News Features Mentor's Corner Standing up for what's right!

I’ve done some crazy things in my life. I can remember one day some friends and I were riding our bikes when I was about 10. We were having a great time riding trails through the brush, tadalafil splashing through puddles, finding anything we could make a ramp out of...all the things that boys love to do. We happened upon a trail that led to a large hill. We thought we had struck gold. We would go to the top of the hill and ride down as fast as we could toward a ramp at the bottom of the hill. The ramp was no more than a pile of dirt, but to us it was a dream.

We started out just coasting down the hill. We could pick up some pretty good speed for the ensuing launch off our little dirt pile at the bottom, but soon that wasn’t enough. We began to pedal down the hill to get more speed. With each pass, we goaded each other into going faster and jumping higher. That is when we spotted it. On the hill, down a little from where we were, was a ramp (dirt pile) in the middle of the hill. It was larger than the one at the bottom we had been playing on. It looked quite daunting.

At first, no one mentioned it, but it didn’t take long until we were asking each other who was brave enough to take it on. It seemed as if I became the fall guy. All at once, everyone began pressuring me to take the risk. Terms like, “I dare you,” and “what are you, Chicken?” Began to come my way. Finally I agreed to take the risk. With visions of grandeur I lined up with the jump and started down. When I got to this mound of dirt, I tried to jump it with everything I had. What ensued was anything but glorious.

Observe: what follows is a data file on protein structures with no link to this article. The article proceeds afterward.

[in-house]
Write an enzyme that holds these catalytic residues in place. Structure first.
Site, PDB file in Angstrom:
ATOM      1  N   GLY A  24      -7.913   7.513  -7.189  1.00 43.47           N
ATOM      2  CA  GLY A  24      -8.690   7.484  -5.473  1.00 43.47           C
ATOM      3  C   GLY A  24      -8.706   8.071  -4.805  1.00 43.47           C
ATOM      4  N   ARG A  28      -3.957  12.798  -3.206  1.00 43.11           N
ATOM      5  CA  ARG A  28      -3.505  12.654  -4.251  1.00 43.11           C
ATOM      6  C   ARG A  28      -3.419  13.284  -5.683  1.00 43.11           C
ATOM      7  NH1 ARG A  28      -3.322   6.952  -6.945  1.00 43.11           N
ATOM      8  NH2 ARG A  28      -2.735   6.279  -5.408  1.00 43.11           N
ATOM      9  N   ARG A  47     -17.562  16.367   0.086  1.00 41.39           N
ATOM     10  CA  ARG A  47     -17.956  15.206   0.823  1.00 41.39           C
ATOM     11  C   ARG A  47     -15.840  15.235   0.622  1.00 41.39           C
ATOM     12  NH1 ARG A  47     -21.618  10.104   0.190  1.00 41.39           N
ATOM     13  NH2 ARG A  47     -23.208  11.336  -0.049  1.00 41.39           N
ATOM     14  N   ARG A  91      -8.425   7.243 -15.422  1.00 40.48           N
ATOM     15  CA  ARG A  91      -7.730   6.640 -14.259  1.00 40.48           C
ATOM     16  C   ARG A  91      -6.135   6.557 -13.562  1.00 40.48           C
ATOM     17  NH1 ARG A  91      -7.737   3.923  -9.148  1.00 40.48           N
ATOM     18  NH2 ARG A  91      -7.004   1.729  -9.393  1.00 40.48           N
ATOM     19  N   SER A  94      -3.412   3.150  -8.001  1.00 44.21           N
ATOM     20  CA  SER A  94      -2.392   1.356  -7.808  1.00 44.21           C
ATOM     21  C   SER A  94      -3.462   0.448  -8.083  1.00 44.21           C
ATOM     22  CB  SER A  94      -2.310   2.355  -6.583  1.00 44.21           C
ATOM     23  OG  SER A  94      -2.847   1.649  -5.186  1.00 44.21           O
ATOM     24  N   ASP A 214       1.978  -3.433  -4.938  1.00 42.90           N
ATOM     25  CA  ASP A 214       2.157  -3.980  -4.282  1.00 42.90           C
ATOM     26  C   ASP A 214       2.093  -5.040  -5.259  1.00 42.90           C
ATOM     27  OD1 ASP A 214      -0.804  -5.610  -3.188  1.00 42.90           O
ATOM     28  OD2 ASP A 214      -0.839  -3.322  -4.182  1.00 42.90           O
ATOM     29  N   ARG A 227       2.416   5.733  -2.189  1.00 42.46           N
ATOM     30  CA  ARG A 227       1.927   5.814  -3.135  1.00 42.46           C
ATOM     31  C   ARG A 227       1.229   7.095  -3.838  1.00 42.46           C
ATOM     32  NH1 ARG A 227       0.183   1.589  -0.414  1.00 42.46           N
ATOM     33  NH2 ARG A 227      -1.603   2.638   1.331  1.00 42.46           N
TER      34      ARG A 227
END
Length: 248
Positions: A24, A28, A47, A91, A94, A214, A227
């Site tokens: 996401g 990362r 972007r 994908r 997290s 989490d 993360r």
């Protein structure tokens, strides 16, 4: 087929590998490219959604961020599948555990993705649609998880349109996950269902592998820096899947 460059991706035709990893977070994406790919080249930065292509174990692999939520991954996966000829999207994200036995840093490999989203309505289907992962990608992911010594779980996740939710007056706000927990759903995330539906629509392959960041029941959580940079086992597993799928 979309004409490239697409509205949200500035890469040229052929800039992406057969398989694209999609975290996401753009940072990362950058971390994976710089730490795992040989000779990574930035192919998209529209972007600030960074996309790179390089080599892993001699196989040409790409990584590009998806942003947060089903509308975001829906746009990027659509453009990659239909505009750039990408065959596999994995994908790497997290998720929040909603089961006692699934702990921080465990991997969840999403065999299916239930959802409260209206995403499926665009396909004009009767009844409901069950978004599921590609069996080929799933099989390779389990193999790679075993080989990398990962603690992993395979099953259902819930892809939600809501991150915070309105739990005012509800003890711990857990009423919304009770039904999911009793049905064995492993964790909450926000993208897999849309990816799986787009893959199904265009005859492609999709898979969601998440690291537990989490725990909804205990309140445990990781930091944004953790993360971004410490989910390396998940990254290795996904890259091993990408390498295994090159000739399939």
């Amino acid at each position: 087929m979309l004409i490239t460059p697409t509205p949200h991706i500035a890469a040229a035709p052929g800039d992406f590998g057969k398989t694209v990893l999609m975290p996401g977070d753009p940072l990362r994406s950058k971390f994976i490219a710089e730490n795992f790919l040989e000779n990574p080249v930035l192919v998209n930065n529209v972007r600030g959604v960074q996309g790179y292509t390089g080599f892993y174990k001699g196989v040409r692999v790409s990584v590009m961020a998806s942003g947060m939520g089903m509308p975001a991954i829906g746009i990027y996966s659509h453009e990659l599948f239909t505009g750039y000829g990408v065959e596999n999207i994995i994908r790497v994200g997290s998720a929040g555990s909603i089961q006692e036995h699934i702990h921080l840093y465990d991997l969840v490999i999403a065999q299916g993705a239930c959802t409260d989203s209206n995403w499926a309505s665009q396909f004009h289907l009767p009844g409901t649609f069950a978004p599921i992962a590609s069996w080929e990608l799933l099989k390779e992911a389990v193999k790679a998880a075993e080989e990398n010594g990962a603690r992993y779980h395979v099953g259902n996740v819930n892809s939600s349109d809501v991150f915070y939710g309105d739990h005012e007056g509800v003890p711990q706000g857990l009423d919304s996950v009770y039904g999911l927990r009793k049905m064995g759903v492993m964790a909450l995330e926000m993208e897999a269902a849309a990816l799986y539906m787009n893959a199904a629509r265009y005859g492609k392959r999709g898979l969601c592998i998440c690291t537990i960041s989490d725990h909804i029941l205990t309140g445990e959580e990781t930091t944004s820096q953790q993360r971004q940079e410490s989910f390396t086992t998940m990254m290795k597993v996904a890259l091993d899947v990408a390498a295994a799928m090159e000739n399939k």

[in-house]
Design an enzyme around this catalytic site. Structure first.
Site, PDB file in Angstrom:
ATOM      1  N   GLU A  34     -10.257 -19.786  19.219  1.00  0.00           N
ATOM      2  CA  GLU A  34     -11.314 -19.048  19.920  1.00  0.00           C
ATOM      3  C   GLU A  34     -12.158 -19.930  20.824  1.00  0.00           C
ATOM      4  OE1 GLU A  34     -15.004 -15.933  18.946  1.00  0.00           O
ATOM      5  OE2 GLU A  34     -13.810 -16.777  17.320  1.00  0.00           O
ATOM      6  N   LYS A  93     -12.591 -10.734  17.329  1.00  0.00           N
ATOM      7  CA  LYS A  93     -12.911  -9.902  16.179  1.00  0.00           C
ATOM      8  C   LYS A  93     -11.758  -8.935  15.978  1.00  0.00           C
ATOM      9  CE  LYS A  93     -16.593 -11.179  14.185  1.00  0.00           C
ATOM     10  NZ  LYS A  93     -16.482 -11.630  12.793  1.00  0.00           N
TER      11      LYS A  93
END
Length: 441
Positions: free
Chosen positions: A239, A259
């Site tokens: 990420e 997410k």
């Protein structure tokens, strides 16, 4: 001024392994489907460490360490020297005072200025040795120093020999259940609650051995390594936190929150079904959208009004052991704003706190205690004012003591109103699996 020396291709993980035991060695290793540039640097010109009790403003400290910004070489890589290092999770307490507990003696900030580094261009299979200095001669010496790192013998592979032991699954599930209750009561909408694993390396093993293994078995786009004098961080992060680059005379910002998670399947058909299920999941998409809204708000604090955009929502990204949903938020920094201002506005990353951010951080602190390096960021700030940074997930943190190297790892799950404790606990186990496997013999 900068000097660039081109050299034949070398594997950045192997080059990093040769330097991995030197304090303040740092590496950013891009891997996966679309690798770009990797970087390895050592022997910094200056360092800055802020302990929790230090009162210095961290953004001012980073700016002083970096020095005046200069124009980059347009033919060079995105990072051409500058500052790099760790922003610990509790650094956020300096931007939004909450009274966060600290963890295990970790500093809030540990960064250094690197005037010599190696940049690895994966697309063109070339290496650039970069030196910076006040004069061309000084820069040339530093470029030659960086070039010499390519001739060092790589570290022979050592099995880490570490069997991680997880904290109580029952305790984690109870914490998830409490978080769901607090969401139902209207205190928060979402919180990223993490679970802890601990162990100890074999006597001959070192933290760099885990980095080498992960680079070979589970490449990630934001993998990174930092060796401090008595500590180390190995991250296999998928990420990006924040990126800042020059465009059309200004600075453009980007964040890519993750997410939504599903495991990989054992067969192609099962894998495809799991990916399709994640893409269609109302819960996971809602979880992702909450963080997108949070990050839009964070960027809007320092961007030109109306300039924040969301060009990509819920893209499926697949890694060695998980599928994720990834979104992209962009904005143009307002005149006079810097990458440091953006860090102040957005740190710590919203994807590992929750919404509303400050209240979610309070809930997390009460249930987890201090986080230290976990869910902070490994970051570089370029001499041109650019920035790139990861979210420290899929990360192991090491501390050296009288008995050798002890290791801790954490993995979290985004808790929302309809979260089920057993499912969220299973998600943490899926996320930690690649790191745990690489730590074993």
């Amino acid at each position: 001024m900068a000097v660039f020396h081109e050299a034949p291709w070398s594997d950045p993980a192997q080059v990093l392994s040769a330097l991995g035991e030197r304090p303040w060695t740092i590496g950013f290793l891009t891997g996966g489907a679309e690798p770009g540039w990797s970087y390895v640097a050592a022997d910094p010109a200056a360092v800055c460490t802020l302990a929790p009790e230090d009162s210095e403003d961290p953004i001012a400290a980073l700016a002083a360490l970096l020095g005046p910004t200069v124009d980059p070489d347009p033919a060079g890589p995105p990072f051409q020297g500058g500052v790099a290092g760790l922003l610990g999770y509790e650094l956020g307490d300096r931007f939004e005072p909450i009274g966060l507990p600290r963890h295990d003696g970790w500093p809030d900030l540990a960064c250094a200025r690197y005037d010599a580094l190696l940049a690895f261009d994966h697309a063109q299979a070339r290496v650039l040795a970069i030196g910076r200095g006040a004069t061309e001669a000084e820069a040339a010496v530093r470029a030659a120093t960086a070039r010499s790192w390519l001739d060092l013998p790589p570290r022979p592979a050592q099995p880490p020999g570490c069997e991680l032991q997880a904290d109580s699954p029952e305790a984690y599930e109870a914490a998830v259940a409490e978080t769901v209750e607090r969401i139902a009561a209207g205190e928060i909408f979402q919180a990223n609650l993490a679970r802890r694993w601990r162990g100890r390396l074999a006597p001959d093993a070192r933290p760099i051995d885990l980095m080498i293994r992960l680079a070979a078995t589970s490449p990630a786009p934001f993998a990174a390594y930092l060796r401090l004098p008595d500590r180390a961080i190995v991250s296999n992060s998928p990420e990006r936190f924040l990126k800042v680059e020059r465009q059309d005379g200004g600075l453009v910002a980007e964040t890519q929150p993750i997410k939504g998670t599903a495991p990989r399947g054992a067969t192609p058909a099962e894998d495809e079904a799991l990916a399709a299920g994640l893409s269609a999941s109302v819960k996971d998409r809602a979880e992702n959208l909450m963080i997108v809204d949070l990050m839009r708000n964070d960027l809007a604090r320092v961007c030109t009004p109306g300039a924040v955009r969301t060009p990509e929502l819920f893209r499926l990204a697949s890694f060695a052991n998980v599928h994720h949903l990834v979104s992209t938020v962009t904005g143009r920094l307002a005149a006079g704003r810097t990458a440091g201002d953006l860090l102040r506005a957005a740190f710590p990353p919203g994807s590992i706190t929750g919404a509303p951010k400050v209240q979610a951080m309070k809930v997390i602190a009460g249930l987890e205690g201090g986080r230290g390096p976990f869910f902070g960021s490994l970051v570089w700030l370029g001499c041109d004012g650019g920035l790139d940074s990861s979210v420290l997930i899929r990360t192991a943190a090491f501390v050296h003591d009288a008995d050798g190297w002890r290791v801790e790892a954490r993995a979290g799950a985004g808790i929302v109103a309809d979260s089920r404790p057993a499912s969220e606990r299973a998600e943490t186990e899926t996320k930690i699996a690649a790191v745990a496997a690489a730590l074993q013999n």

I had what I’m sure was the most glorious wipe out in bicycle history. I landed on the front wheel and went head over heels down the rest of the hill. When I came to rest at the bottom, the bicycle was on top of me and I thought I had died. I was in so much pain. It was in that moment that I realized that listening to my peers isn’t always a good idea.

We have heard many times not to be the victim of negative peer pressure. I have learned that we have to stand up for what is right. If I would have listened to my gut that day, I would have avoided much pain. I knew taking that jump wasn’t a good idea, but my friends got the best of me. I would guess that many of you reading this today have also been the recipient of bad advice from your peers. Standing up for what you know is right is sometimes tough, but always necessary. If we learn to do that, we might avoid the pain of a crash and burn in our lives. My encouragement to you today is to stand up for what is right. It might not always be easy, but who knows what pain might be avoided if you take the high road.

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